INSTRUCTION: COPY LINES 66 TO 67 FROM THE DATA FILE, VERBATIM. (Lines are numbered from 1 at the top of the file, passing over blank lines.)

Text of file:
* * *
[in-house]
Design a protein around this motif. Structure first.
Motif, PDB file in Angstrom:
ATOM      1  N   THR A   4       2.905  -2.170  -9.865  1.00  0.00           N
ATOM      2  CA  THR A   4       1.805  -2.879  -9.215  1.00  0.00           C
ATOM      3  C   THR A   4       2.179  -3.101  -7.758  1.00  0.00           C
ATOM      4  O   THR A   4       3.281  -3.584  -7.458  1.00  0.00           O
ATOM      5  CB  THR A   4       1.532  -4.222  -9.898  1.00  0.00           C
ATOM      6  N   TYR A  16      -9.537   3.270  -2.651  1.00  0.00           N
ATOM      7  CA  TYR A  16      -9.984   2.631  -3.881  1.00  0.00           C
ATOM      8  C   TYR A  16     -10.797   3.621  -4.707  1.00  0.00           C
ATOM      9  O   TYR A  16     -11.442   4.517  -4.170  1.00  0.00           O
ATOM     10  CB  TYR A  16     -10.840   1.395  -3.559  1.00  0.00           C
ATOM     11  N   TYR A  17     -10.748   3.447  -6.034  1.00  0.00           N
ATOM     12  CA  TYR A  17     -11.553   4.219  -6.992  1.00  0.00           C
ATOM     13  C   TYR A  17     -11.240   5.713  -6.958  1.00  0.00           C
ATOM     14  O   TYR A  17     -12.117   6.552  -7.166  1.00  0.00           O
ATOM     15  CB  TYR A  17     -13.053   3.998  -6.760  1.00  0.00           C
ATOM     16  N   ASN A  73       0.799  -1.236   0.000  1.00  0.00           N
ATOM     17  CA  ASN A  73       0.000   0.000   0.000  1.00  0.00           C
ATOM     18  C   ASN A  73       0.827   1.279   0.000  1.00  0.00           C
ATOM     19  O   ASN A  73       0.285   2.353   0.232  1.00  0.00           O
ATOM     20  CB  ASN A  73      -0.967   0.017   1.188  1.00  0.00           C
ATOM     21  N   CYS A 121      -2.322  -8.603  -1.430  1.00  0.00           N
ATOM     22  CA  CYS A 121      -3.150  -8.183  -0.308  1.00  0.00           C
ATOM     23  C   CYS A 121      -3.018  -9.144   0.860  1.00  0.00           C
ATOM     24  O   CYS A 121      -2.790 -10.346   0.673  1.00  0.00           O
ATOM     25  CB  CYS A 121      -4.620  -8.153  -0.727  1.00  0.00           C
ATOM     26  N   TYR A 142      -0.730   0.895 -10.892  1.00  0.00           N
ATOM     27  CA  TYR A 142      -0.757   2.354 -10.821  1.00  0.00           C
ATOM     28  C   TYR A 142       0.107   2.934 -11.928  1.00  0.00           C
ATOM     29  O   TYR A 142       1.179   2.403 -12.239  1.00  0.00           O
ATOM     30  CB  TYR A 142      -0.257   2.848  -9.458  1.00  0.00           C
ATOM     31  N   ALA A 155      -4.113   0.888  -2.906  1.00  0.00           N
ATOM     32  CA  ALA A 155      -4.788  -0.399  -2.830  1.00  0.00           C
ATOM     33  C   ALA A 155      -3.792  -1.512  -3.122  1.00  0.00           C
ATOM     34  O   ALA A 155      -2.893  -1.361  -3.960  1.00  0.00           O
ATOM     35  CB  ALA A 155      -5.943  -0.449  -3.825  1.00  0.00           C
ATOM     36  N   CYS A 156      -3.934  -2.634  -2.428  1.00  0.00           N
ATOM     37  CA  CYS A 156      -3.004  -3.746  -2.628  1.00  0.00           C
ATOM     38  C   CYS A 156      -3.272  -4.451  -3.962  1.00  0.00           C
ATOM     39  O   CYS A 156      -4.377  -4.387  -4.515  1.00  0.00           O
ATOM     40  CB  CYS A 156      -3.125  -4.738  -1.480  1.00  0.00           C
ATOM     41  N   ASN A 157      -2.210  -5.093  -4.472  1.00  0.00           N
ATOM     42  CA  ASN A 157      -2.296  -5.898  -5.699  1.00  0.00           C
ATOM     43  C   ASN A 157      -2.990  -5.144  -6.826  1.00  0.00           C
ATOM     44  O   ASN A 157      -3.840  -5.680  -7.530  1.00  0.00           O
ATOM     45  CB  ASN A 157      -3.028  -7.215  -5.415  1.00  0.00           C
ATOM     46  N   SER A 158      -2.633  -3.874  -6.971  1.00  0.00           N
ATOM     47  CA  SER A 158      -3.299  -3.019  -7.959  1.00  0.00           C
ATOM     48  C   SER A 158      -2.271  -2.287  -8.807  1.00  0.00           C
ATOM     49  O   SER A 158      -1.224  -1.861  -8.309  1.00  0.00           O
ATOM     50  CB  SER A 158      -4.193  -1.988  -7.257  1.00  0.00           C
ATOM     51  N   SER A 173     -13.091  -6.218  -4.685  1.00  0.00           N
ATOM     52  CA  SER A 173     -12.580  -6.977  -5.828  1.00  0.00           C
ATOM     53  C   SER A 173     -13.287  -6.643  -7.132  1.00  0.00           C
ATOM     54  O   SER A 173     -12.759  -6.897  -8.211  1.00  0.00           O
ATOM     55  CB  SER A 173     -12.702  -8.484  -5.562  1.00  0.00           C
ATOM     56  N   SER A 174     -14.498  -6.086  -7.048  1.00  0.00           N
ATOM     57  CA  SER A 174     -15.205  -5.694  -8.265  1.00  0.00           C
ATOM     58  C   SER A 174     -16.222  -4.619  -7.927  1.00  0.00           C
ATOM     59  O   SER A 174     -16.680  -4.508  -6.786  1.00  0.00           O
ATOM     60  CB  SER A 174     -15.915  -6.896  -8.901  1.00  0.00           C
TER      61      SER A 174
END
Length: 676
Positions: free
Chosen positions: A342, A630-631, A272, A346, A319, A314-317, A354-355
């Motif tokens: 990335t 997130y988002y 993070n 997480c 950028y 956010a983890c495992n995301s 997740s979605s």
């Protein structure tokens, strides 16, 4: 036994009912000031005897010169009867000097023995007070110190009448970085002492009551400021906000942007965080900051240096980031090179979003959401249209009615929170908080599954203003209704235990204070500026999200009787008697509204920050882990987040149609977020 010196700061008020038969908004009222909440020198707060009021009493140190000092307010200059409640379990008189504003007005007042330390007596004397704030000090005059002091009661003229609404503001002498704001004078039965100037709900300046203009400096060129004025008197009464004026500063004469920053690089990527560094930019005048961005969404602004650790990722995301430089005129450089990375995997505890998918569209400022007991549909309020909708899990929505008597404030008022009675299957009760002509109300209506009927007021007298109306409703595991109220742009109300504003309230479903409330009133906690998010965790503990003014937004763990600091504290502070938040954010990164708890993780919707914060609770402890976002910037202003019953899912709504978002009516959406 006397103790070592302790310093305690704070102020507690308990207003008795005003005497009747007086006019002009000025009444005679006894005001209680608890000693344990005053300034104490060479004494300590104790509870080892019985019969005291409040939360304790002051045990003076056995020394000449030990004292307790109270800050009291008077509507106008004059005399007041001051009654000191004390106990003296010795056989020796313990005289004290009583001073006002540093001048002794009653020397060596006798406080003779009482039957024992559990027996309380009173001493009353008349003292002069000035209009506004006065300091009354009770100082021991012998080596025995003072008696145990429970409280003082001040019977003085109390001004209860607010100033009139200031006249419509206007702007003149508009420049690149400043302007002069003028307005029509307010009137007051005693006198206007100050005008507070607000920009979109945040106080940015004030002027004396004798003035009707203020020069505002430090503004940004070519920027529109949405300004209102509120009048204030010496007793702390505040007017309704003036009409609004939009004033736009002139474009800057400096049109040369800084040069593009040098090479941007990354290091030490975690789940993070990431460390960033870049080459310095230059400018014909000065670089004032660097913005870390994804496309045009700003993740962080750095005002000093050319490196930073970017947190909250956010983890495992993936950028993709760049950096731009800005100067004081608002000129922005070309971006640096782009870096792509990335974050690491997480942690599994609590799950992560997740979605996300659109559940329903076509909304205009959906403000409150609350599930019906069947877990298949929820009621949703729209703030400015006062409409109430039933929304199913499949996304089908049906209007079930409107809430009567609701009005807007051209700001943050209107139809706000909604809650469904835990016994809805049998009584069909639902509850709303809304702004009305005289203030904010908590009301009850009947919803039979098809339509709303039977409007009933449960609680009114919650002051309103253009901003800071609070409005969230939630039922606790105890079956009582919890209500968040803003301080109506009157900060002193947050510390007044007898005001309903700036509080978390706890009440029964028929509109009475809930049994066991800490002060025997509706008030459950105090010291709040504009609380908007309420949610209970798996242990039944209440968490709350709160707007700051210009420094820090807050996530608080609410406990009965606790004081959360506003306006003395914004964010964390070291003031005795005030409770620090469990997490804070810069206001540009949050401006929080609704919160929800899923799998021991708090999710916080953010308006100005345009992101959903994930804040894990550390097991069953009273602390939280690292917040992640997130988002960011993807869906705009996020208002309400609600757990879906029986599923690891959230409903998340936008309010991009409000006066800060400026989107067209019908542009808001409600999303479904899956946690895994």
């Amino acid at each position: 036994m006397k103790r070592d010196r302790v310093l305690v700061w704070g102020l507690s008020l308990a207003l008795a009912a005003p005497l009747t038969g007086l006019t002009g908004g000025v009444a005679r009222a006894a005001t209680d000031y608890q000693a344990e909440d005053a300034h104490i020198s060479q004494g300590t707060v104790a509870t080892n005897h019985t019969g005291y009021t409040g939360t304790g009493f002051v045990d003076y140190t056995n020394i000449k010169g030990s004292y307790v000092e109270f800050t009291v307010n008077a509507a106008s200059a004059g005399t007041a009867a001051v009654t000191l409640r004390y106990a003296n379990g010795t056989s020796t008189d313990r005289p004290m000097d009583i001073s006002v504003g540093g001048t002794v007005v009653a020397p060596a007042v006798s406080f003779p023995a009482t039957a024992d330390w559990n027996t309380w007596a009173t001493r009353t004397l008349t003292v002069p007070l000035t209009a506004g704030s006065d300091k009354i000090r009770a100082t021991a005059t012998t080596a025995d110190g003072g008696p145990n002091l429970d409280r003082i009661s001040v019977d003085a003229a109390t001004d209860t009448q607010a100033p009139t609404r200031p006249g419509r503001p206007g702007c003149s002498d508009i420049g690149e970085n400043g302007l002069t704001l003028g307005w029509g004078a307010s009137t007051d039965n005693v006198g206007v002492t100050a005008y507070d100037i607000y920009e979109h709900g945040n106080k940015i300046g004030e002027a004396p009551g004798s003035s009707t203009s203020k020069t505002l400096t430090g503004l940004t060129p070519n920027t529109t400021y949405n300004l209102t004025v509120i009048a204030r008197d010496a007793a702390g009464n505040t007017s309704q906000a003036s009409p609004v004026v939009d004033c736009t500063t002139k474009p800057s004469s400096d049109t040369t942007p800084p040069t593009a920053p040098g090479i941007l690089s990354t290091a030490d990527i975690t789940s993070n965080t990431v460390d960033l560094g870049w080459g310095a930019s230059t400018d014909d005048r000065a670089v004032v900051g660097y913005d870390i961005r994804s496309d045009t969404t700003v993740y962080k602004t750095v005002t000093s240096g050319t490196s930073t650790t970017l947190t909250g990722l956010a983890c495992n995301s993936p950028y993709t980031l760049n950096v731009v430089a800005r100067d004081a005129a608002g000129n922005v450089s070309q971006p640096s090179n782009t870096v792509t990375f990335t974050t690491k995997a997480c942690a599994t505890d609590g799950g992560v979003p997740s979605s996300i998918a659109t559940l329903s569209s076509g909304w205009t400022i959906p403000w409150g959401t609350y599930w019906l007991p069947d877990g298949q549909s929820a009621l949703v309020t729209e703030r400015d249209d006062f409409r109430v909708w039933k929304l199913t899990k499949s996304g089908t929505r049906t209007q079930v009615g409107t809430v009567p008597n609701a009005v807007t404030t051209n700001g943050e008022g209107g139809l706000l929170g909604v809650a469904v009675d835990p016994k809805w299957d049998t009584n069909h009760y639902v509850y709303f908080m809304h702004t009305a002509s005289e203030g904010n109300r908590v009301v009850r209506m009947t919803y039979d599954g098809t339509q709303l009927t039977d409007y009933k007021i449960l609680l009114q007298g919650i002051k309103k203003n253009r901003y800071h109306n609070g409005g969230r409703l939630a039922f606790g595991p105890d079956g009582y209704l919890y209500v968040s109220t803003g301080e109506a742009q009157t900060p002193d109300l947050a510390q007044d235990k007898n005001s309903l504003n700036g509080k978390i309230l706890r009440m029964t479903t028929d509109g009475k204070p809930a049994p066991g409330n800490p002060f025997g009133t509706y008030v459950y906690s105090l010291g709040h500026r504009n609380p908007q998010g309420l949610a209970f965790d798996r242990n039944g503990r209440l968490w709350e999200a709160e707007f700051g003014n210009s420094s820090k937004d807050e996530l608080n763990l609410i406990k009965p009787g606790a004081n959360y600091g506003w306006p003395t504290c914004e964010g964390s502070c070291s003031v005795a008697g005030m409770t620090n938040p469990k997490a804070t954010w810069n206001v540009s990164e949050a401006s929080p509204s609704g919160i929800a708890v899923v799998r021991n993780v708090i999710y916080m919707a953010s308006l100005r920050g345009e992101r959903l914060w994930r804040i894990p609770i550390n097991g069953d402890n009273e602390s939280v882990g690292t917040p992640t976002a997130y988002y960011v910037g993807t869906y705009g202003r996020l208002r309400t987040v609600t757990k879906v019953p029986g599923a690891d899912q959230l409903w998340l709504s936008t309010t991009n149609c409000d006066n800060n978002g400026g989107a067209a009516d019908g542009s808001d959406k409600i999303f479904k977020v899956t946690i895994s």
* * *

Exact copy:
Length: 676
Positions: free